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Investigative Biology Director Receives Distinguished Teaching award

 

Investigative Biology Director receives distinguished teaching award along with former undergrad TA and faculty mentor:

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Dr. Mark A. Sarvary, the Director of the Investigative Biology Laboratories, received the North American Colleges and Teachers of Agriculture (NACTA) award from Dean Kathryn Boor, the Ronald P. Lynch Dean of the College of Agriculture and Life Sciences (CALS) and Associate Dean Don Viands. Top students and faculty of CALS attended the dinner at the Statler Hotel Ballroom on April 17, 2017. Awardees walked up to Dean Boor one-by-one after dinner to receive their awards, while Dean Viands highlighted their achievements.

 

Associate Dean Viands introduced Dr. Sarvary, and quoted some of his students:

 

 “One of his greatest qualities is that he pushes me, and all of his students, to challenge ourselves. This support helps us to reach goals that we may not have thought we could accomplish. He has had many experiences that let him see potential in his students when we cannot see in ourselves.”

 

Another student wrote,

 

“I consistently looked forward to that class. While doing experiments, Professor Sarvary explained in lecture why we did certain labs to enable us to understand how these lab techniques could be applied in the real world. . . Professor Sarvary is the best lecturer I have had at Cornell to date. I admire how much he loves what he teaches and hope that I can still be as passionate as he is about biology throughout my career.”

 

Dr. Sarvary, Dean Boor, and Macey Wilson

 

Dr. Sarvary was nominated for this award by his advisee, Macey Wilson. Wilson, pictured above, is a Biological Sciences Major and is currently the head undergraduate TA of Investigative Biology. Macey will graduate next month and has been Dr. Sarvary’s advisee since her freshman year.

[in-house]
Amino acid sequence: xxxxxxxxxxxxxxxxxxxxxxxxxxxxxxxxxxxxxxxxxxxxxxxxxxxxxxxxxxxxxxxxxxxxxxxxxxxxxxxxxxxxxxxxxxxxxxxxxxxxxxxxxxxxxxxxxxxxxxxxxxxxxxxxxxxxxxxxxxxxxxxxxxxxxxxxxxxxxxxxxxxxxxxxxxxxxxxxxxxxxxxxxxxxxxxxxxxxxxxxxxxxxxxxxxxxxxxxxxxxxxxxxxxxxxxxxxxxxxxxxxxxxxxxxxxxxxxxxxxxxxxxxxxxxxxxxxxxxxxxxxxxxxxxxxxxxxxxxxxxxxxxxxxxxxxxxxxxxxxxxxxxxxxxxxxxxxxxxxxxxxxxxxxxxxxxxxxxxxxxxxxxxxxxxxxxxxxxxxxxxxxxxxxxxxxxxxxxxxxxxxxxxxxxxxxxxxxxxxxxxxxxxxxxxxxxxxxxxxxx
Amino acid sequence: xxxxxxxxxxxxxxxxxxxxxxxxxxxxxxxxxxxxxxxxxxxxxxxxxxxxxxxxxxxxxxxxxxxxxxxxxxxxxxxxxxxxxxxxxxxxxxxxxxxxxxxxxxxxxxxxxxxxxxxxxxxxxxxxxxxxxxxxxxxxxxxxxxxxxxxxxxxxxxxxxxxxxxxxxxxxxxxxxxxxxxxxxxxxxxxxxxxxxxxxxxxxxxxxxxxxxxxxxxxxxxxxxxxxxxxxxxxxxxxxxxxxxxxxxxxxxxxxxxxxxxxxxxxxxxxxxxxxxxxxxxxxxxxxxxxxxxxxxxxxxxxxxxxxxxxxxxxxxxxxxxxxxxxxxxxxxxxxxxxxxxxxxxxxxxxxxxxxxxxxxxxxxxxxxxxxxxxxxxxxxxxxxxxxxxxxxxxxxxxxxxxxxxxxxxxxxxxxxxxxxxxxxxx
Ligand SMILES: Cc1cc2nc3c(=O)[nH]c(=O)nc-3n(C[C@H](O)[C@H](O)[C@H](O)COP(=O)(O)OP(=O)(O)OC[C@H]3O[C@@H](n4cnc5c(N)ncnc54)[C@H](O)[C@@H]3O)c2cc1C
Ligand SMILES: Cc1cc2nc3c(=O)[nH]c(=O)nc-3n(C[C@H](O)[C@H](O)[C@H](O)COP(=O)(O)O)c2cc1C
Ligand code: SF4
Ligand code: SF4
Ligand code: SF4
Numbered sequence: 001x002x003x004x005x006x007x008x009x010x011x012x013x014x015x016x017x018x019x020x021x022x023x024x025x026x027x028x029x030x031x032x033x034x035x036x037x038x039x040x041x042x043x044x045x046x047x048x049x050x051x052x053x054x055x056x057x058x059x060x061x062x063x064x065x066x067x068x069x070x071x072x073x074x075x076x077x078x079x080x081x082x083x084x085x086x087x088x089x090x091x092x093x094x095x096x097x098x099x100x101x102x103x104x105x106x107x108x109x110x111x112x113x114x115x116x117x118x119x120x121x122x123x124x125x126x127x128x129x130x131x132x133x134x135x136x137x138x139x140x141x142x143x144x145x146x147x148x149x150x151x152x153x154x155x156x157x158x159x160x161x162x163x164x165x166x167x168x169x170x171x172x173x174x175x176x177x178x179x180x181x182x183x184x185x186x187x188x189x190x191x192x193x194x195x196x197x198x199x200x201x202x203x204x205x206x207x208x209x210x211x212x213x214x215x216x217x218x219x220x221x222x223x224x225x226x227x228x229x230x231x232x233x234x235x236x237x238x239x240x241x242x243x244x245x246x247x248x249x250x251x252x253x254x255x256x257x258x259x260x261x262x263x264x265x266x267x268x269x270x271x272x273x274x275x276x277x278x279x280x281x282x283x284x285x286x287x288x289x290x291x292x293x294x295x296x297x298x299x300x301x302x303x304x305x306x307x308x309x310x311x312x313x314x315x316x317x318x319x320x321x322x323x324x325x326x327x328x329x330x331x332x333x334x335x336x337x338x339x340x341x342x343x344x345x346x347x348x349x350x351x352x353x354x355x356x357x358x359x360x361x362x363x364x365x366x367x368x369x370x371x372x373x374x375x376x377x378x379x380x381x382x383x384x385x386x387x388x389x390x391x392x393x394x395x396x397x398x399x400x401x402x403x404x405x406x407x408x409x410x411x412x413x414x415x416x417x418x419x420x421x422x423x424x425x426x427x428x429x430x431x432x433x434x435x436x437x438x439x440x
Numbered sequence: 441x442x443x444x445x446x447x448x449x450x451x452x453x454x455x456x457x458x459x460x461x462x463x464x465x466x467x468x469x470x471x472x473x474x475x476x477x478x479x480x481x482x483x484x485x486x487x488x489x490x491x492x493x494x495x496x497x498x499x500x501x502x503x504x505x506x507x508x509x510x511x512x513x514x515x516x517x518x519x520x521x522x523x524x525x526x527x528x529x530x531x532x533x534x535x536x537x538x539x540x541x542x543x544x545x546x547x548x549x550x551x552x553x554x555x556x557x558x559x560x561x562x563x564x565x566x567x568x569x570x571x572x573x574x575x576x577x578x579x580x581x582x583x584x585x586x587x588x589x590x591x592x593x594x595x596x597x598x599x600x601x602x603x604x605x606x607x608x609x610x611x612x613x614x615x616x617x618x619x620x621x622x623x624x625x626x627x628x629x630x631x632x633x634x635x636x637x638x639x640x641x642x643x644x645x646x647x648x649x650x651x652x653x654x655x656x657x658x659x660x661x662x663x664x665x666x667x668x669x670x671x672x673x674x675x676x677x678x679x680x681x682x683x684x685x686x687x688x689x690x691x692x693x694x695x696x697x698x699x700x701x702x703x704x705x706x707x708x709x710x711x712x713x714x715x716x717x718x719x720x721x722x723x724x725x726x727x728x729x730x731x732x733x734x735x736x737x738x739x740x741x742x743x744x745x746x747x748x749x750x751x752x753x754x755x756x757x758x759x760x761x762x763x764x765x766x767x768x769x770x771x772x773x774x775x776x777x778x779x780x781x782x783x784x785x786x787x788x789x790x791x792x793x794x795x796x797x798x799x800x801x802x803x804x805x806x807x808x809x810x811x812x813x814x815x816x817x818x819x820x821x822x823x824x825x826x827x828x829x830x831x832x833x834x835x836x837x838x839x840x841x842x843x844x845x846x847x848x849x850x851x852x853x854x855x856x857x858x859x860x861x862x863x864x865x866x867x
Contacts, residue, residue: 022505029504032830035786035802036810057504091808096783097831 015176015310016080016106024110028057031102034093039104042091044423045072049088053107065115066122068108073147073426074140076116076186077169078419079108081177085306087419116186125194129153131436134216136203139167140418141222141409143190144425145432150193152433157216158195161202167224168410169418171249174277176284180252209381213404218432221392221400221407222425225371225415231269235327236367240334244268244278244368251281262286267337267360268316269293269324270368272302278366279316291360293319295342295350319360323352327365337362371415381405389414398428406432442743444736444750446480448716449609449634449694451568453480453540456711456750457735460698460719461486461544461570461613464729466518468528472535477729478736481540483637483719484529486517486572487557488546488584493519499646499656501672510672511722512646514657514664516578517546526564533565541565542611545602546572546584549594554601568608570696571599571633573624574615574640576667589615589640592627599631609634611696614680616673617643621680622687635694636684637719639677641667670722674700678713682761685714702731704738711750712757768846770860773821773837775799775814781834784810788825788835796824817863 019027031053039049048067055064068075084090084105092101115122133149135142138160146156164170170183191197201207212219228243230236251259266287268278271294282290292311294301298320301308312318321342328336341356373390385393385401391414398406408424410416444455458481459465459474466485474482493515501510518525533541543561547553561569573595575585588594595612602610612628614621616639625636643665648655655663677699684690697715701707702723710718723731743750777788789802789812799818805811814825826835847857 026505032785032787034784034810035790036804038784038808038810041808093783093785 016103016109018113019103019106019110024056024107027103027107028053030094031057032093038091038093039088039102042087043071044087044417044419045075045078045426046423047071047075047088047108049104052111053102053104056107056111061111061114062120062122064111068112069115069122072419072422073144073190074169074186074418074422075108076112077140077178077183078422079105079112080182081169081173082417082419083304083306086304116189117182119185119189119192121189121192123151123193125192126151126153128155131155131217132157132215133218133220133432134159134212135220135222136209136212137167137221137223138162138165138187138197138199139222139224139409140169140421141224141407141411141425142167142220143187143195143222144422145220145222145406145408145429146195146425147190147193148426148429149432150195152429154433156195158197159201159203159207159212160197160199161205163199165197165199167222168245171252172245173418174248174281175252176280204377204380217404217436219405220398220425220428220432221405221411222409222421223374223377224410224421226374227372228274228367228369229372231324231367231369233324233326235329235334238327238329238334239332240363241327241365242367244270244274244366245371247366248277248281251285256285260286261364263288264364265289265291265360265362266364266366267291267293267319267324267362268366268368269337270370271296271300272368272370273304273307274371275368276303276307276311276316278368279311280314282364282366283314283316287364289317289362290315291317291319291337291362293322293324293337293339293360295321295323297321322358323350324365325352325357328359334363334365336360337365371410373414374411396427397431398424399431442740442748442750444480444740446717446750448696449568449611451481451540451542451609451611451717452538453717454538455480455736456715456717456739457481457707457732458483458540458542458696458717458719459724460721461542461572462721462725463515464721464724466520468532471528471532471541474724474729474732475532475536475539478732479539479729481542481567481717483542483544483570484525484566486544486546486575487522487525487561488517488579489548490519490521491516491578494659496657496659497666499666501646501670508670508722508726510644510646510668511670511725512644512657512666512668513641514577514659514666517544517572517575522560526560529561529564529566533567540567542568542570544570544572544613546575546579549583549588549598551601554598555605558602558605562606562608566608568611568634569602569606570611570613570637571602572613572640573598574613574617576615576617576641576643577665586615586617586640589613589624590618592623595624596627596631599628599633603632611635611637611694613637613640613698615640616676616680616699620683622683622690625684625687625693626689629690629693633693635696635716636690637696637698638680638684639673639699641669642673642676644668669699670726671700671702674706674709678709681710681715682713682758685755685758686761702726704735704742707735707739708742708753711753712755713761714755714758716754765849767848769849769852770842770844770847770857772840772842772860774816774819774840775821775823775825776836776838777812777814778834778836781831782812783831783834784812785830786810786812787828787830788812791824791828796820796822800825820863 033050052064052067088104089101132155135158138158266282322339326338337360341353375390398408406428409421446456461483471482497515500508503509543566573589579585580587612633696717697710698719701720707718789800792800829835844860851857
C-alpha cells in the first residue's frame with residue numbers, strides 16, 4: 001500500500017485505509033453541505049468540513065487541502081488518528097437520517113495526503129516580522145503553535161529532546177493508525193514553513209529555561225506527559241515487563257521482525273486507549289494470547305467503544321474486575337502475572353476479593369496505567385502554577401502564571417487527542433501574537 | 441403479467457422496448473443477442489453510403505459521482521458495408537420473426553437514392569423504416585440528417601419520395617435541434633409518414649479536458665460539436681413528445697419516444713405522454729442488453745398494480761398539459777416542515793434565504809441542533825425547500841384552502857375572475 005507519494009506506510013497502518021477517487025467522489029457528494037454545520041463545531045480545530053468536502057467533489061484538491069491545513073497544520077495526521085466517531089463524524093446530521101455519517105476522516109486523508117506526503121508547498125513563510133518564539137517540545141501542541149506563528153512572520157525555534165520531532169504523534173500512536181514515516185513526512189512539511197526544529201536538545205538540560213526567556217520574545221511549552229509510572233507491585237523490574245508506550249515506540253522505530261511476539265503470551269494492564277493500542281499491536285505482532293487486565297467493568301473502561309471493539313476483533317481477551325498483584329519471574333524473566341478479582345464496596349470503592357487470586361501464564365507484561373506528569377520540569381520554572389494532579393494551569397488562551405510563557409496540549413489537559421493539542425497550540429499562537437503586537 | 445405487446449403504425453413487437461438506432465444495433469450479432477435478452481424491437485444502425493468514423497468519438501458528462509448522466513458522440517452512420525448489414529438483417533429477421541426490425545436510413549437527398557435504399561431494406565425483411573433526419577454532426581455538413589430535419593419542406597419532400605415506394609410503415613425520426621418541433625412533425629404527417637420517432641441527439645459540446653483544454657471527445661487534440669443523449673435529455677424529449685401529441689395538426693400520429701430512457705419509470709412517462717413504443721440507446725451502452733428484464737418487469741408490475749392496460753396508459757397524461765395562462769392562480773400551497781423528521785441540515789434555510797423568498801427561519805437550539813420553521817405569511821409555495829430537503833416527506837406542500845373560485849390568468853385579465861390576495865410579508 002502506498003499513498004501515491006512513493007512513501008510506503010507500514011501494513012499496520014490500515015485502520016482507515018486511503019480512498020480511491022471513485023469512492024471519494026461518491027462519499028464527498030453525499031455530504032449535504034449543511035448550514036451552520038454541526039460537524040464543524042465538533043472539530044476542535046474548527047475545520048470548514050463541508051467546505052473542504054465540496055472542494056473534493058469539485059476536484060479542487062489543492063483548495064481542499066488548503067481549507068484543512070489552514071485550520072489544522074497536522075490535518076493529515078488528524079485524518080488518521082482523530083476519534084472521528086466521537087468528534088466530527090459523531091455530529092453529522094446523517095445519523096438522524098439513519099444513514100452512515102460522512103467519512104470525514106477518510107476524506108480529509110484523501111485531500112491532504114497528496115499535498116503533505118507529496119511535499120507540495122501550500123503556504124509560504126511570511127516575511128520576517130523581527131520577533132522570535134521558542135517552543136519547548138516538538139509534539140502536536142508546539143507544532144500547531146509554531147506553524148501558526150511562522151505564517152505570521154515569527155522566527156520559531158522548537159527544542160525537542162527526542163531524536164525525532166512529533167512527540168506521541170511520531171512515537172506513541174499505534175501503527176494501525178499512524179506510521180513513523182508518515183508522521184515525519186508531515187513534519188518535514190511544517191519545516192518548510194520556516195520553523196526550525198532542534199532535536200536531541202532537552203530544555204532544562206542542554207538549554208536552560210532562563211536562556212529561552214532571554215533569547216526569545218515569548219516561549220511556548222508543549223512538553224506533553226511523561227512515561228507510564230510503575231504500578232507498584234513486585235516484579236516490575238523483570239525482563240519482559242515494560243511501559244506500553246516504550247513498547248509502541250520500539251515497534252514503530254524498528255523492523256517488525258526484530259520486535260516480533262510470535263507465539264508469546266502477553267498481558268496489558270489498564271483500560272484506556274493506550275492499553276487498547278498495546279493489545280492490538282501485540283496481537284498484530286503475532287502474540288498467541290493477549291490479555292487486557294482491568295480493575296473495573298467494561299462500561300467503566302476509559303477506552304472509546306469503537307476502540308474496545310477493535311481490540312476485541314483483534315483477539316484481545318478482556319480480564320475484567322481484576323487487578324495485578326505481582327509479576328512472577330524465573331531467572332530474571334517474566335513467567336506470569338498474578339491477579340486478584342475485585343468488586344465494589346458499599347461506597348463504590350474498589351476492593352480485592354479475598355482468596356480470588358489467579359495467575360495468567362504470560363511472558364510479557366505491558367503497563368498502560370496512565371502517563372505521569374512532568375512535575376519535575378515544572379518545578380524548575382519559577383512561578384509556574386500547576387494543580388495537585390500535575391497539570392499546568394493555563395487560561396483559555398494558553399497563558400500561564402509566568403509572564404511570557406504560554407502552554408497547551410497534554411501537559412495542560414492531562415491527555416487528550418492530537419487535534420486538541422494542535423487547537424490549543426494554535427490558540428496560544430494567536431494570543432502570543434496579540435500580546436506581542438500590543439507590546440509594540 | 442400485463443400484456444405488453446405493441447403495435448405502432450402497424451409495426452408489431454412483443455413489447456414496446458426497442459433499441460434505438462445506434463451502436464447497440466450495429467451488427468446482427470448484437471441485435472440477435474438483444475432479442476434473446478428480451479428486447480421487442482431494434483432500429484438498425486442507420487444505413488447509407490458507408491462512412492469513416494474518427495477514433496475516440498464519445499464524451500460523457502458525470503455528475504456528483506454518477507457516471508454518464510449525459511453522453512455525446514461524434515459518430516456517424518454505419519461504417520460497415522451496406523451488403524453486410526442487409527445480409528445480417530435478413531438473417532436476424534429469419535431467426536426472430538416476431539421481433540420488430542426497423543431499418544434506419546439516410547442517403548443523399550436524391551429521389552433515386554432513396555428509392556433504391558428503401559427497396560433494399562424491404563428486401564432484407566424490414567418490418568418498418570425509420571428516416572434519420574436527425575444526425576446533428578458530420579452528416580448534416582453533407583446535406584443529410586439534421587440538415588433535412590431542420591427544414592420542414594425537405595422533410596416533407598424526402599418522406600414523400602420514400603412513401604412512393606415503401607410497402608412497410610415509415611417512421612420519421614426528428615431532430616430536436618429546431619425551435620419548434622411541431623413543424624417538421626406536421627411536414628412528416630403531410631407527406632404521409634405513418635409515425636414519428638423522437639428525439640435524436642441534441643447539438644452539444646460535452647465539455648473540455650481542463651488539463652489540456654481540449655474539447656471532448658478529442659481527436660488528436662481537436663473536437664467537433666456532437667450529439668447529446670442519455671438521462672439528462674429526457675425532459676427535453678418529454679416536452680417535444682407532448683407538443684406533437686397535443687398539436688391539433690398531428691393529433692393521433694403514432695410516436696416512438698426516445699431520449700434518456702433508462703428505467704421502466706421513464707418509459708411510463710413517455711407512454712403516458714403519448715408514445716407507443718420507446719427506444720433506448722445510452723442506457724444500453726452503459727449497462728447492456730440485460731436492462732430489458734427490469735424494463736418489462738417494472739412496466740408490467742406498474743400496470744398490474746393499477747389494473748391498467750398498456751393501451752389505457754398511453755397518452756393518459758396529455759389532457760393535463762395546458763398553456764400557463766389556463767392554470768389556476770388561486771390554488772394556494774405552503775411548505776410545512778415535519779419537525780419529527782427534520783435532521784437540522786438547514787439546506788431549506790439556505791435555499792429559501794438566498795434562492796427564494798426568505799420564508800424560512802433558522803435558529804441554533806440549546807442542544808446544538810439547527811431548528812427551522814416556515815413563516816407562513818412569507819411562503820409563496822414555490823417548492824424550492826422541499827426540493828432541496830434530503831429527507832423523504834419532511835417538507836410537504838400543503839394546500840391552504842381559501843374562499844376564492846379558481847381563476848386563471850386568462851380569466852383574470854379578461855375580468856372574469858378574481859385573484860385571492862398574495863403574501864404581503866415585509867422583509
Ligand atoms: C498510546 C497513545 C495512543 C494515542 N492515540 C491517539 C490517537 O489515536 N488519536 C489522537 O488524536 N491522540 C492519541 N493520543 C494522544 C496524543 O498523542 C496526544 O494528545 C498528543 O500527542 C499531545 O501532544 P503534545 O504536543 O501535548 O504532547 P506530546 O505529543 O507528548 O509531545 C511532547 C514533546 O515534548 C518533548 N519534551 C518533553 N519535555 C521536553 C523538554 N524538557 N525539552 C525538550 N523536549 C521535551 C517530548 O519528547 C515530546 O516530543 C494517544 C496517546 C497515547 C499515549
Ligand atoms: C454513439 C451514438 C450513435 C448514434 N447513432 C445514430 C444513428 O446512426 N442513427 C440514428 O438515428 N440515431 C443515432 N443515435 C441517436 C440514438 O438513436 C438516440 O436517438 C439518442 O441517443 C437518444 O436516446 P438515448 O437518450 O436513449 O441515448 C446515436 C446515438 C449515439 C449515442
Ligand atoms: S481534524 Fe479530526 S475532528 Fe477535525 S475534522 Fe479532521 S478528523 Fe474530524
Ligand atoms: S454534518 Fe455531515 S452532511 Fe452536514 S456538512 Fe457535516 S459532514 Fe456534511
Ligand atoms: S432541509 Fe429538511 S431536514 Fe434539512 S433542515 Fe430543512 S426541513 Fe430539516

The North American Colleges and Teachers of Agriculture (NACTA) is a professional organization advancing the scholarship of teaching and learning in agricultural, environmental, natural and life sciences. According to the CALS nomination website, the selection criteria includes evaluation of the following qualities: innovative aspects of the nominee’s teaching, undergraduate and graduate advising, interactions with students and colleagues outside of class, mentoring and motivating students and a national and international footprint.

Dr. Sarvary consistently meets all of those criteria, as he brings modern pedagogical methods into his Investigative Biology class, and trains both undergraduate and graduate teaching assistants how to use these methods. He is involved in service learning and engaging students in activities outside of the classroom. As the science advisor and co-curator of the local science café he recently received a grant from Engaged Cornell to spread the seed of science literacy by involving Cornell students in community-based learning. Dr. Sarvary’s plan is to introduce the local science café called Science Cabaret to undergraduate students via his new Science Communication course (BioG3500). Students will help assess the impact of this science café on community learning, while gaining knowledge about how to start and maintain this type of public science event. He helped the undergraduate debate club called “Debate in Sciences and Health” take off in 2013 and has been the faculty advisor since the club was founded. He has been enthusiastic about advising, and wrote blog posts about his experience with undergraduate teaching assistants and the graduation of his advisees.